Broadway at the Hoboken Public Library, Part 2: Waitress, The Great Comet, and Hello, Dolly!

11 Feb

It’s been awhile since I wrote about my adventures on the Great White Way! (Click here, here, and here for my past posts about Broadway.) I haven’t been to the theater as much as I would like lately (life has been busy, and the Hamilton tickets I bought last year cost beaucoup bucks and wiped out my theater budget) but these are the shows I have seen recently.

Waitress

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“Sugar, butter, flour” are the simple opening lines of this show as well as the basis of many pie recipes. This musical is based on the movie of the same name, written by Adrienne Shelly, about a waitress named Jenna with a talent for baking pies who finds herself pregnant by her deadbeat husband and longs to escape. The musical stays pretty true to the movie, but definitely stands on its own.

The show was created by a team of women, including Sara Bareilles, who wrote the music and lyrics for this show. She released an album (CD and Freegal) performing some of the show’s tunes herself. My favorite tracks from the Original Broadway Cast Recording (on CD and Hoopla) include “Bad Idea,” “I Didn’t Plan It,” and “You Matter to Me.” Ogie has to be the most memorable romantic hero on all of Broadway, who declares his love via a song called “I Love You Like a Table.”

The scent of fresh baked pie wafts through the theater, which will make you hungry. (Don’t worry, the concessions stands sell warm slices of pie for an intermission snack!) What will stick with you long after the show is over is the strong bond between the three female leads, Jenna, Becky, and Dawn. You may also remember a romantic scene that includes some epic Revolutionary War era cosplay.

The Great Comet

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The complete title of this show is Natasha, Pierre & the Great Comet of 1812. Certainly a mouthful to say, and a lot to type. I had no idea what this show was about going in, except that Josh Groban stars as Pierre, and I was pleasantly surprised by The Great Comet.

This is the sort of show that winks at the audience–the fourth wall is gone. The action takes place all around the theater, with the actors making use of the all the space and engaging with the audience. It was fun to anticipate where the actors will appear next, perhaps near you. If you’re lucky, the actors, along their travels, will give you a little box that contains a pierogi for a mid-show nosh. I didn’t get one, but that lady sitting next to me did.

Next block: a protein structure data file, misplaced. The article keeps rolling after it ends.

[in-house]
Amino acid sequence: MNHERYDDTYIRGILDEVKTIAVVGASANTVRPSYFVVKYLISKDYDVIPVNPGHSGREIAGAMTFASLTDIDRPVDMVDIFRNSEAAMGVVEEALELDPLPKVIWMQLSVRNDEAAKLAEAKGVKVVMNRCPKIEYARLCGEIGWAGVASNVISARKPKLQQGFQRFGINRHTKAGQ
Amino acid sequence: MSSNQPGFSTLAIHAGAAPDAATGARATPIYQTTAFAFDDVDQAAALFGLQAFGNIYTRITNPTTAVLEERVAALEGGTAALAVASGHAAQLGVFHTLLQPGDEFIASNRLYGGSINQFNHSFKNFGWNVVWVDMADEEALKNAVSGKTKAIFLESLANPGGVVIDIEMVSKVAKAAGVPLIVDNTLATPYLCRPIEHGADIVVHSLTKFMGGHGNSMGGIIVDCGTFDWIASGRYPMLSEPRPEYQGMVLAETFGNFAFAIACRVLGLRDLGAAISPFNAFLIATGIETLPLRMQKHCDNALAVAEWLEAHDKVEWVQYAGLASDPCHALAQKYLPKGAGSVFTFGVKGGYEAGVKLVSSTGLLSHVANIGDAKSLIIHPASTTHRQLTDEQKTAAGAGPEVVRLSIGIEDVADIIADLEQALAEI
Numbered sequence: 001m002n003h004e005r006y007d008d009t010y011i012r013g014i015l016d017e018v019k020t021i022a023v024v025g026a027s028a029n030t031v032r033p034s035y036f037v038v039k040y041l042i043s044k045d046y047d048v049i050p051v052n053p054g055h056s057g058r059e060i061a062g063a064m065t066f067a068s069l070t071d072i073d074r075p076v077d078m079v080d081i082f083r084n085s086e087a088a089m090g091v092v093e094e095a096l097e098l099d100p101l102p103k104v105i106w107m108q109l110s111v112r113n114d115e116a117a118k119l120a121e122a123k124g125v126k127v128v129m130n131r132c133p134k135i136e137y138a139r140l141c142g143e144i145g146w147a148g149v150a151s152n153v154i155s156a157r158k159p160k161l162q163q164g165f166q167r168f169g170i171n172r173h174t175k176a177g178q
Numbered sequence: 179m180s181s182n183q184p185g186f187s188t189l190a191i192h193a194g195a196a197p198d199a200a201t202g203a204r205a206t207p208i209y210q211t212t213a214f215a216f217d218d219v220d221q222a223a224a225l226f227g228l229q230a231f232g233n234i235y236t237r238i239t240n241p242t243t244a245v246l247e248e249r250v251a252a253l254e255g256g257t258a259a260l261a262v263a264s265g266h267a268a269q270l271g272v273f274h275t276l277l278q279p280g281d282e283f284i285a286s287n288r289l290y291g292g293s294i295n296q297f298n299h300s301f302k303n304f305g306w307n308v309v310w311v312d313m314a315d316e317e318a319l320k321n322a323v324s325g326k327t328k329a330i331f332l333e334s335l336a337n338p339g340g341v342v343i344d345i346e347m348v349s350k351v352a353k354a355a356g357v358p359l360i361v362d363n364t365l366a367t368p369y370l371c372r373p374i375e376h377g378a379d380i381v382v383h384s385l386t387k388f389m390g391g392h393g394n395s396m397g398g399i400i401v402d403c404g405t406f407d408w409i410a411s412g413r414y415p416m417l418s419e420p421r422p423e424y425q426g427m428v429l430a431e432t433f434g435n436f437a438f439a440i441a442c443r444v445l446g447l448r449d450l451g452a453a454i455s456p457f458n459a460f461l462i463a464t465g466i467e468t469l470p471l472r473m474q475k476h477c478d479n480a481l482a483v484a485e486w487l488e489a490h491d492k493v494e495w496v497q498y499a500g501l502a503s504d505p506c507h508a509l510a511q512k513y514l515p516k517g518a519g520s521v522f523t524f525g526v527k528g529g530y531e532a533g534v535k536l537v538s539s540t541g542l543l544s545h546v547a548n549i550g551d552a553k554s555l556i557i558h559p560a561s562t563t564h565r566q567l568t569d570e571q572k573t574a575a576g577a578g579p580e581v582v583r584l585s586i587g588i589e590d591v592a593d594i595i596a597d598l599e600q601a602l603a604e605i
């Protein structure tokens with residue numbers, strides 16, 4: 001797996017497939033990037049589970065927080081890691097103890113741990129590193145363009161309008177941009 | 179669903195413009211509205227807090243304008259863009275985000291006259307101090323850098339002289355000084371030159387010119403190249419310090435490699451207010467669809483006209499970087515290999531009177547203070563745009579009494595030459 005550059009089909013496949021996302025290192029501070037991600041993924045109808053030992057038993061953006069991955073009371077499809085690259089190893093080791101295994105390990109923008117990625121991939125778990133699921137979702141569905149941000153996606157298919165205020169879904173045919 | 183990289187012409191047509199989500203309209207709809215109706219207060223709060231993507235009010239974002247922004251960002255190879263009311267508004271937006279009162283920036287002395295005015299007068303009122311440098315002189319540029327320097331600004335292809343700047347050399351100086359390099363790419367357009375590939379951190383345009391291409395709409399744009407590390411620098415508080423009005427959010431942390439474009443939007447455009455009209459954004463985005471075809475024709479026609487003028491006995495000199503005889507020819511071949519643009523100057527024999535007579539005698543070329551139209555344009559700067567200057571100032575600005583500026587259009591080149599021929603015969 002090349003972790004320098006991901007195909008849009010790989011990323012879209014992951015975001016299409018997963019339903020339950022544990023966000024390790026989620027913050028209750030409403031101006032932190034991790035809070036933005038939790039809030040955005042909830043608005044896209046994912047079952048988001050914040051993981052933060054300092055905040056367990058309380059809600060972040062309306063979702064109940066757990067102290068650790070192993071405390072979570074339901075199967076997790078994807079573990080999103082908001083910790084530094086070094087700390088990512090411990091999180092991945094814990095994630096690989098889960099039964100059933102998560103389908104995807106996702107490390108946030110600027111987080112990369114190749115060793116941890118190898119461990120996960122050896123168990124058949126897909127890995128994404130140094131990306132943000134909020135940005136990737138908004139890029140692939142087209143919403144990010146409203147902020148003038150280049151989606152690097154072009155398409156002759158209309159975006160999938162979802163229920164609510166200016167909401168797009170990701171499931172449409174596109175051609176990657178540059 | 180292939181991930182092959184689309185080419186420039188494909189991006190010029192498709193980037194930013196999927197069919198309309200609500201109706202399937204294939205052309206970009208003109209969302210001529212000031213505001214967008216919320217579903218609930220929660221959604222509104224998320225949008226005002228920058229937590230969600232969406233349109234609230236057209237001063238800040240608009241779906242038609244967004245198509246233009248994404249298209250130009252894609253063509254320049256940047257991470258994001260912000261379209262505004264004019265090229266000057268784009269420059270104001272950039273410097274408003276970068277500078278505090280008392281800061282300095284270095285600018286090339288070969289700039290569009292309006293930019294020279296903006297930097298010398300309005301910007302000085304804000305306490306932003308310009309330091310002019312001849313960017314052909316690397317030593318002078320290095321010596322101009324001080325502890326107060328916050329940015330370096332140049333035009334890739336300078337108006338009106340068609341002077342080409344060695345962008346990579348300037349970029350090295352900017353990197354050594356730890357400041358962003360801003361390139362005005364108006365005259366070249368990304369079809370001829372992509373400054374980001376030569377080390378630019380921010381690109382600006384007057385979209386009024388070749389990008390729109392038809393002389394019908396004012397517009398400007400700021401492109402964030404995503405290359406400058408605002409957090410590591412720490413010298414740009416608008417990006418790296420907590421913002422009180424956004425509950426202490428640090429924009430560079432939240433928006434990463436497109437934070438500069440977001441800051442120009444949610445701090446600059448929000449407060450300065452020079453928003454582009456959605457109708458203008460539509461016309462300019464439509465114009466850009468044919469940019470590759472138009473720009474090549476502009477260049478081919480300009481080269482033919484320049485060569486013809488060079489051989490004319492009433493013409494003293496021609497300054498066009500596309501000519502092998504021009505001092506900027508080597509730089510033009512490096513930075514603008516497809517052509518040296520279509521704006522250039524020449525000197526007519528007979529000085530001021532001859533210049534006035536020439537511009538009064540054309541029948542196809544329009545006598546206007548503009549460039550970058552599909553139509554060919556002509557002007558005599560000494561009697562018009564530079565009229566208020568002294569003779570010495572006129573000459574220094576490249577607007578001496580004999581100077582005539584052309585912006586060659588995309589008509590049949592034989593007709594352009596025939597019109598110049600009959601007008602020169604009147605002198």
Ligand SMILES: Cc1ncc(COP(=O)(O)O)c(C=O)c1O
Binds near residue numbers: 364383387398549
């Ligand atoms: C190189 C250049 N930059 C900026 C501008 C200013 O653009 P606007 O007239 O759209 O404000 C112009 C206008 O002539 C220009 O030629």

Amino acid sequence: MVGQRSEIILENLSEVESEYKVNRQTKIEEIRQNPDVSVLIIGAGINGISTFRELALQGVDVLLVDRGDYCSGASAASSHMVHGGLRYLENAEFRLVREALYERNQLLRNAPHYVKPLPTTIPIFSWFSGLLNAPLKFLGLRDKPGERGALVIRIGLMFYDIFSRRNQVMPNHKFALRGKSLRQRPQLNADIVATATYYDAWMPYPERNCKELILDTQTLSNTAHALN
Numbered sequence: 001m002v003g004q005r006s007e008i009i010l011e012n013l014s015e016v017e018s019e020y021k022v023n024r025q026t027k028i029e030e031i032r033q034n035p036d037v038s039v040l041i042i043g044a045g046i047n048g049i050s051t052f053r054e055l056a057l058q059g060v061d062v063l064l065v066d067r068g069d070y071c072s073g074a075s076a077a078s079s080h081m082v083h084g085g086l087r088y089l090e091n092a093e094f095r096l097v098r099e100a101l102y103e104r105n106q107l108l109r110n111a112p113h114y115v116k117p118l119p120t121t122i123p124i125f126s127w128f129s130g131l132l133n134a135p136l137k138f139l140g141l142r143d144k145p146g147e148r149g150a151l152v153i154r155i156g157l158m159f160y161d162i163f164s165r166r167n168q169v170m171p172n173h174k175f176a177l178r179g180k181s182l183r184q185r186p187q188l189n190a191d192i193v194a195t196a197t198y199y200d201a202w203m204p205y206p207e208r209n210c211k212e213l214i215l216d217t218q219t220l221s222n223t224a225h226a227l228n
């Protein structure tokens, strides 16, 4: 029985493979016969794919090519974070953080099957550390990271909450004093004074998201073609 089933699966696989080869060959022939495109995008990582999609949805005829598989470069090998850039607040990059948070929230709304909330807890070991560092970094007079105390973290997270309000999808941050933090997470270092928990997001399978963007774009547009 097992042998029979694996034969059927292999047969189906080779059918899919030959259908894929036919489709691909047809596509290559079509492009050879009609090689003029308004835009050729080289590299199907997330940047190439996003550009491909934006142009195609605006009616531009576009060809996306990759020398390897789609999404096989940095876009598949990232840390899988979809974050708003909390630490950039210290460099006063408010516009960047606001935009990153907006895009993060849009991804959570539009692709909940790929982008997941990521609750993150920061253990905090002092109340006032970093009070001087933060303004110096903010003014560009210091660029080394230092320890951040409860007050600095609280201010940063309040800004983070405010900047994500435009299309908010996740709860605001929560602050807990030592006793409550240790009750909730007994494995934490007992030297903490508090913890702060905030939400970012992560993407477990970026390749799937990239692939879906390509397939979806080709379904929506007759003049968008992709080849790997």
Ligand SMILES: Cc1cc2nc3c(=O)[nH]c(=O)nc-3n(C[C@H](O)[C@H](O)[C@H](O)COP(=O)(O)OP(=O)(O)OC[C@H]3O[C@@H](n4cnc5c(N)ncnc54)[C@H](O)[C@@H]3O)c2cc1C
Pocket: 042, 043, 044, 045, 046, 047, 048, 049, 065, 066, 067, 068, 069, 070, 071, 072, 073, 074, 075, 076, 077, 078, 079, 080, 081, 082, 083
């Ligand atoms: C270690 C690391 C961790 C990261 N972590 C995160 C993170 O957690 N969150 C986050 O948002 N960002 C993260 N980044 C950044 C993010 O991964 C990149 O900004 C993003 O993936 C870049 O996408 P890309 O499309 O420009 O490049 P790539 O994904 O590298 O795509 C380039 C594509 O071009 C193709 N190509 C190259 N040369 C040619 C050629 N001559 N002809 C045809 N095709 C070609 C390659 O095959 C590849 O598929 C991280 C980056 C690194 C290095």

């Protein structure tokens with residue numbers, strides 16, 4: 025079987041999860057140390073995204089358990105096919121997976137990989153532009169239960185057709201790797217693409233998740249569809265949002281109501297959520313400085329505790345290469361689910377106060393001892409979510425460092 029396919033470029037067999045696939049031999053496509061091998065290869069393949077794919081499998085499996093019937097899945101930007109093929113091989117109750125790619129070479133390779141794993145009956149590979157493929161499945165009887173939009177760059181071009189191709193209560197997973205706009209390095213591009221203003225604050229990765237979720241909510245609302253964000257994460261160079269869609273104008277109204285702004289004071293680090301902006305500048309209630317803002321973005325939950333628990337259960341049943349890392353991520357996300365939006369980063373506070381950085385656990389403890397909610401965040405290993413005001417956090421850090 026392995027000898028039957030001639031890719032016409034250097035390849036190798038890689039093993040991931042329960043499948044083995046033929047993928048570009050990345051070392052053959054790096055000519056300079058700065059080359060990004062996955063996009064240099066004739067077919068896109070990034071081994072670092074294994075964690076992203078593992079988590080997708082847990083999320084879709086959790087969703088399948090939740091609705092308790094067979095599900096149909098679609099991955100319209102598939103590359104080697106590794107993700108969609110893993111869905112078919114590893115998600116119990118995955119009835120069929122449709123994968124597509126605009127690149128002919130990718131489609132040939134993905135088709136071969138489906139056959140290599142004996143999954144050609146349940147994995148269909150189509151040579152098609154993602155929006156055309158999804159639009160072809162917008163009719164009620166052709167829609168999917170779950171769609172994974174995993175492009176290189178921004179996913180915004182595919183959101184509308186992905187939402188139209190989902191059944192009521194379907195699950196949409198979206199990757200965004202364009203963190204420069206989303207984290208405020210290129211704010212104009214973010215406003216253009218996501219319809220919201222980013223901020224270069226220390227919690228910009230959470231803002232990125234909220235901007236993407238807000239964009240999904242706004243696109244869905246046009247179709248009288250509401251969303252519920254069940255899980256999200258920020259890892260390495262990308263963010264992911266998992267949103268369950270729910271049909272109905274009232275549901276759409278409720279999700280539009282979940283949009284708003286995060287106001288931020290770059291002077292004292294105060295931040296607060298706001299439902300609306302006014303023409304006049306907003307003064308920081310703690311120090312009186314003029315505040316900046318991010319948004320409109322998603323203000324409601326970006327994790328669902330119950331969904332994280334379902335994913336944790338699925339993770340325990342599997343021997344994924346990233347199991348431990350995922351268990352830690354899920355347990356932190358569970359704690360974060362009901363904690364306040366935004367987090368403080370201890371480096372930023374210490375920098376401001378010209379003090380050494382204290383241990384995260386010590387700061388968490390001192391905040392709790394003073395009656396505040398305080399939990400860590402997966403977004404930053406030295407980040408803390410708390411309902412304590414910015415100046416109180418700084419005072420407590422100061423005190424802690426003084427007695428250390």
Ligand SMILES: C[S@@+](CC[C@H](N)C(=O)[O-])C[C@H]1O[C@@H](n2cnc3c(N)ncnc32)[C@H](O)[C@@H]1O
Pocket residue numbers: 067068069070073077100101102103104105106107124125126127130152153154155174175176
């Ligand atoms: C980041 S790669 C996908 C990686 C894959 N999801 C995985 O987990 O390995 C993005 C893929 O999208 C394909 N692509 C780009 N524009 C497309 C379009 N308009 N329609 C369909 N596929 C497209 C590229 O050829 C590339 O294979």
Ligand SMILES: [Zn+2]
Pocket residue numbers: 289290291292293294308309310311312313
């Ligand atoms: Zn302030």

You can hear the soundtrack on Hoopla, and borrow the CD. “Letters”, a song about email’s predecessor, includes the knowing lyric “In nineteenth century Russia, we write letters / we put down on paper what is happening in our minds.” Another standout track is “Charming.” I also recommend any track featuring Brittain Ashford, who plays Sonya. Her voice is delicate but full of emotion, particularly on “Sonya Alone.”

Hello, Dolly!

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Ok, I haven’t seen this show yet. It isn’t due to officially open on Broadway until Thursday April 20, 2017. But I am planning to see this revival, which will feature Bette Midler as Dolly Gallagher Levi and David Hyde Pierce as Horace Vandergelder. I can’t wait to see this show and these talented actors in the iconic roles.

To me, Hello, Dolly! Is one of the most classic Broadway musicals. Barbra Streisand starred in the 1969 film adaptation, but Carol Channing who originated the role on Broadway in 1964 is the best known Dolly. I love so many songs from this show. “Dancing” makes you feel as though you’re spinning with the actors. “Before the Parade Passes By” is wistful. “Elegance” is fun and upbeat. Of course, “Hello, Dolly!” is a showstopper. But my favorite has always been “It Only Takes a Moment,” which is sung in a courthouse of all places. What can I say, I’m a romantic.

Hoopla has several versions of the Hello, Dolly! soundtrack to stream. Borrow the Original Broadway Cast Recording on CD to hear “So Long Dearie”, which features one of the sickest burns to come from Broadway, when Channing as Dolly sneers to Horace Vandergelder, “snuggle up to your cash register”. Shall we adapt that one to the twenty first century, changing “cash register” to “iPhone”? Thoughts?

-Written by Kerry Weinstein, Reference Librarian